Day 3. Spitalfields Market and Shoreditch, London

Our day started with a visit to Spitalfields Market and on the way there we stopped to take a look at one of the 13 cast iron statues marking the boundaries of the City of London.  The dragon symbol is thought to have been derived from the legend of St. George.

City of London Boundary Marker
City of London Boundary Marker

Moving on we soon arrived at Spitalfields, a short walk from Liverpool Street station.  It’s one of London’s oldest markets which from its small beginnings in the 17th century, grew to become a major centre in London for the sale of fresh produce.  Over the last 20 years it has been sympathetically transformed and is now home to an array of upscale independent stallholders offering hand crafted gifts, clothes, artwork and jewellery.

Old Spitalfields Market
Old Spitalfields Market

It’s a lovely, vibrant place for a wander as the surrounding streets are home to fashion stores and quirky boutiques, some based in the historic former Fruit and Wool Exchange.  There’s food for every budget too from restaurants to street food trucks serving up a wide variety of tasty dishes.

Spitalfields Market, London
Spitalfields Market, London

Dotted around the market area are a collection of 21 life sized bronze elephants installed just over a year ago by artists Gillie and Marc.  This installation named Herd of Hope represents a mother and 20 orphaned elephants embarking on a journey across London when the family become separated.

The Herd of Hope, Spitalfields, London
The Herd of Hope, Spitalfields, London

Outside the main courtyard of the market we spotted another interesting installation ‘Together Forever on Wheels’ by the same artists.  The rabbit headed woman and a dog headed man setting off on a motorbike ride made us smile as we wandered by.

Together forever on Wheels, Spitalfields, London
Together forever on Wheels, Spitalfields

Not far from Spitalfields Market on Fulgate Street is Dennis Severs House, the Georgian terraced house that he owned and lived in until his death.  Since 1980 the house has been open to visitors telling the story about an imaginary family of Huguenot silk weavers in 18th and 19th century Spitalfields.  (Tours £15 Thursday-Sunday from 12.00 noon).  The house was closed when we visited but I’d like to have an opportunity to visit sometime.

Dennis Severs House, Spitalfields, London
Dennis Severs House, Spitalfields, London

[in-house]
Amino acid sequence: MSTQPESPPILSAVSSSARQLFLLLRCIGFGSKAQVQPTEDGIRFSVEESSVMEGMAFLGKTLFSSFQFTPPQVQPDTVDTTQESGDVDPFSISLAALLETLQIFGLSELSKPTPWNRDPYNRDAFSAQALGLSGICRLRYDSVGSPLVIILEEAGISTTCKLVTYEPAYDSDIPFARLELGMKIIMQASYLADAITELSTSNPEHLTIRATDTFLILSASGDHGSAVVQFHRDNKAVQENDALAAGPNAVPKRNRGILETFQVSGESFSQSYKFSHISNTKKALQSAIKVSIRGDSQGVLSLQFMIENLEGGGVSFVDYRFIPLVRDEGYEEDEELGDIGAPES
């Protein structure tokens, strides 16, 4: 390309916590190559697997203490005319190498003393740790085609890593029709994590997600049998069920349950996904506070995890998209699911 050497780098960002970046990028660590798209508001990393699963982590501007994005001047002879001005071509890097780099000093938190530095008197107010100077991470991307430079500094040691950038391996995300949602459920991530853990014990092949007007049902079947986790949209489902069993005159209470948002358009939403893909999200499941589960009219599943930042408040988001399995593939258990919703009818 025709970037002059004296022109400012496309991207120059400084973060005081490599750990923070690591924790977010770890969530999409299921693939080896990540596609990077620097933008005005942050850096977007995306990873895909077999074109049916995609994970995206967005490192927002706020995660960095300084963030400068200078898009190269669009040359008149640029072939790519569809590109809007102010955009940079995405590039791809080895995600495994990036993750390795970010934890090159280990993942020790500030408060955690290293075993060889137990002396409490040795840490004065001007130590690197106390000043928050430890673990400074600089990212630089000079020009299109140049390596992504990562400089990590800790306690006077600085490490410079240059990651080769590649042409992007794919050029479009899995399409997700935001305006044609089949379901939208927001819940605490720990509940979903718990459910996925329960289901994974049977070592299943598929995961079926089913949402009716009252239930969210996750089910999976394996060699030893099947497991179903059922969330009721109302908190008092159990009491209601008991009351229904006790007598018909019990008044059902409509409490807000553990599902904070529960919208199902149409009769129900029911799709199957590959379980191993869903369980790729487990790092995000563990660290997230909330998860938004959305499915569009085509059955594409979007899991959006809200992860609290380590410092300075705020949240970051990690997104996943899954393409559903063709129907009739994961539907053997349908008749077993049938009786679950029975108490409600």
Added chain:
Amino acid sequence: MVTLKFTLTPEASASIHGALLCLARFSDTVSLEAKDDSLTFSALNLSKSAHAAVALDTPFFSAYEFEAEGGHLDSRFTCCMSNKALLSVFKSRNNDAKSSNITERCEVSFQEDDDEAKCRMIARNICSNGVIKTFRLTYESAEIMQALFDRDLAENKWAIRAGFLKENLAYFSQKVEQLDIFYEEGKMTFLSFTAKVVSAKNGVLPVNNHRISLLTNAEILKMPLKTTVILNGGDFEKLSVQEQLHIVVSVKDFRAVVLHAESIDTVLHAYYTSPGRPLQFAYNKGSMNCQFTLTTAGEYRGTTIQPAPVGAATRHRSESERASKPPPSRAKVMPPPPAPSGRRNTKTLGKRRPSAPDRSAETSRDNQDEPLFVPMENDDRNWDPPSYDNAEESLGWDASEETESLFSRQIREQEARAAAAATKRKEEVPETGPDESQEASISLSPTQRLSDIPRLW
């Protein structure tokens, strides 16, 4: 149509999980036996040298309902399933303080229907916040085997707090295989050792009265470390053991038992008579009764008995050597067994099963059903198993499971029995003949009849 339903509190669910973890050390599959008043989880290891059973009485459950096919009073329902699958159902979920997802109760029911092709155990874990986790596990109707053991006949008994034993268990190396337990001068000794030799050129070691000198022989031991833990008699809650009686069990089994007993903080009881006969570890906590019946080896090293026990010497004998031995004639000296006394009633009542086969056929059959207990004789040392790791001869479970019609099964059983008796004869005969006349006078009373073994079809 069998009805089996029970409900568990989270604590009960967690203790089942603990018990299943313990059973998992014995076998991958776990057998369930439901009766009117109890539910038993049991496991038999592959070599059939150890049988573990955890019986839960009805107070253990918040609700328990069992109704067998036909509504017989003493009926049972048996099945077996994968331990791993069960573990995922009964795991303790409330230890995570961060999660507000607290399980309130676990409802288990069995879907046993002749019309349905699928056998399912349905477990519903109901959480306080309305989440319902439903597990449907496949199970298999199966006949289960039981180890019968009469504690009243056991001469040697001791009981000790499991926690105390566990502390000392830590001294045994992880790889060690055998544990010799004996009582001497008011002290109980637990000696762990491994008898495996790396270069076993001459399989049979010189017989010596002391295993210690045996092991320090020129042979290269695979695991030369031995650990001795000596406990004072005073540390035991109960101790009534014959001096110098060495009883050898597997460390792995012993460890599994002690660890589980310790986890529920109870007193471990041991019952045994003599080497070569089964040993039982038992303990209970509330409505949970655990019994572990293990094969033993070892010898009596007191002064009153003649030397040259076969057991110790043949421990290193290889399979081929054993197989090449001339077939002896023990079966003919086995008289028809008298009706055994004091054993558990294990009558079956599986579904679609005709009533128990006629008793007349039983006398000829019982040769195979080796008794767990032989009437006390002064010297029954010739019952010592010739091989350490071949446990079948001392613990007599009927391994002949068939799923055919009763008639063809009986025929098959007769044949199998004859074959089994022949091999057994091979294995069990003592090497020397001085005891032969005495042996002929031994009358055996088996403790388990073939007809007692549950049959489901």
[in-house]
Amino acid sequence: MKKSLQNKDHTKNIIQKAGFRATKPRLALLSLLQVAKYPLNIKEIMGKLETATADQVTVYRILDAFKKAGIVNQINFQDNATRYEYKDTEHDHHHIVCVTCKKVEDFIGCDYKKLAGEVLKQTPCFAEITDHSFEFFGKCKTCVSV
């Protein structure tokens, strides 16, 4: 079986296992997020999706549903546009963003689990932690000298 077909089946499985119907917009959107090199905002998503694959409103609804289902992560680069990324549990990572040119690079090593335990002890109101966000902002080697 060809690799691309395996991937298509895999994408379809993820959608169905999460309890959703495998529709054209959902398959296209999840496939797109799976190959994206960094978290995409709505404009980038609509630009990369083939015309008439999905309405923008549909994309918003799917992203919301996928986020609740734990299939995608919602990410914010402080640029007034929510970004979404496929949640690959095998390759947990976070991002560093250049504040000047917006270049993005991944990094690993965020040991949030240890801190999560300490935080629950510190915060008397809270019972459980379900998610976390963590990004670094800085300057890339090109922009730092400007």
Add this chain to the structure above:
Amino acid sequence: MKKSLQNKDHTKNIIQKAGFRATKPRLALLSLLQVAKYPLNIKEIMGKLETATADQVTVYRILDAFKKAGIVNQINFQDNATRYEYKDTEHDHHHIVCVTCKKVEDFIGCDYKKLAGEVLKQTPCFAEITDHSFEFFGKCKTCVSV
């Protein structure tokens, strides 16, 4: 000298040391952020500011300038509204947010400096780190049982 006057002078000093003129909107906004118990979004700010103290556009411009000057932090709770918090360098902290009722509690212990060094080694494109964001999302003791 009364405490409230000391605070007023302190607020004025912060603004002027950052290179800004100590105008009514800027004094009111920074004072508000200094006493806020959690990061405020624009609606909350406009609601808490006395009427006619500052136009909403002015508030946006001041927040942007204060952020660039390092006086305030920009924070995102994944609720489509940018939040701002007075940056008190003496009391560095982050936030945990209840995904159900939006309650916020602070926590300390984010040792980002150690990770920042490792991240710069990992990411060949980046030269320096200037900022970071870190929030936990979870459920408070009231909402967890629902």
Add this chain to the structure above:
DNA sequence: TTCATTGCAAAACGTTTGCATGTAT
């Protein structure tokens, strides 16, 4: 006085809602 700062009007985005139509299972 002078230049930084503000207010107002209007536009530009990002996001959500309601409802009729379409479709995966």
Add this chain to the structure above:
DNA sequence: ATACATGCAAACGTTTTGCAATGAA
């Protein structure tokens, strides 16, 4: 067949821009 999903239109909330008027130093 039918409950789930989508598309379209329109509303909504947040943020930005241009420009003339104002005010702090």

Our morning stroll continued onto Shoreditch, a vibrant creative hub in the East End of London.  Brick Lane lies at its heart with this narrow street becoming a mecca for artists and bohemians thanks to its colourful street art, vintage shops and enticing street food.  The area attracts both locals and tourists who come to its Sunday market to browse its stalls cram packed with bric-a-brac, clothing, jewellery and gifts.

Brick Lane, London
Brick Lane, London

From there we made our way to Aldgate East underground station but just as we were approaching we noticed Whitechapel Gallery located next door in a historic building.  Admittance is free so we stepped inside to take a look.  One of the exhibitions was entitled ‘Travel Bureau’ so that seemed the perfect gallery for us to explore.

Whitechapel Gallery, London
Whitechapel Gallery, London

After leaving the gallery we took the District and Circle line to St. James’ Park which we then strolled through towards Buckingham Palace before continuing across Green Park to Piccadilly.  The Royal Parks are delightful whatever the time of year and lovely green spaces to enjoy a picnic in on warmer days.

St James' Park London
St James’ Park London

We’d come along to Piccadilly as we’d pre-arranged a timed entry slot to visit the Royal Academy.  As we were slightly early it was the perfect excuse to pop into Fortnum and Mason, the luxury department store opposite.  It’s always a treat to look around the store admiring its fine crystal, porcelain and large selection of teas.

Fortnum and Mason, Piccadilly, London
Fortnum and Mason, Piccadilly

It was then over the road to the Royal Academy based in Burlington House.  It’s home to Britain’s largest established art school and renowned for putting on world class exhibitions of arts from around the world.

Royal Academy, Piccadilly, London
Royal Academy, Piccadilly

We’d come to see the exhibition Late Constable spanning the final 12 years of one of Britain’s best loved artist’s life until his untimely death in 1837.  The exhibition included paintings, drawings and sketches.

Royal Academy, Piccadilly
The Royal Academy

Afterwards, we explored the building which is absolutely beautiful with its grand staircases and marble pillars.  Its stylish cafes, restaurant and gift shop are open to non ticket holders and a lovely place to stop off for coffee or lunch.

Late Constable exhibition at the Royal Academy
Late Constable exhibition at the Royal Academy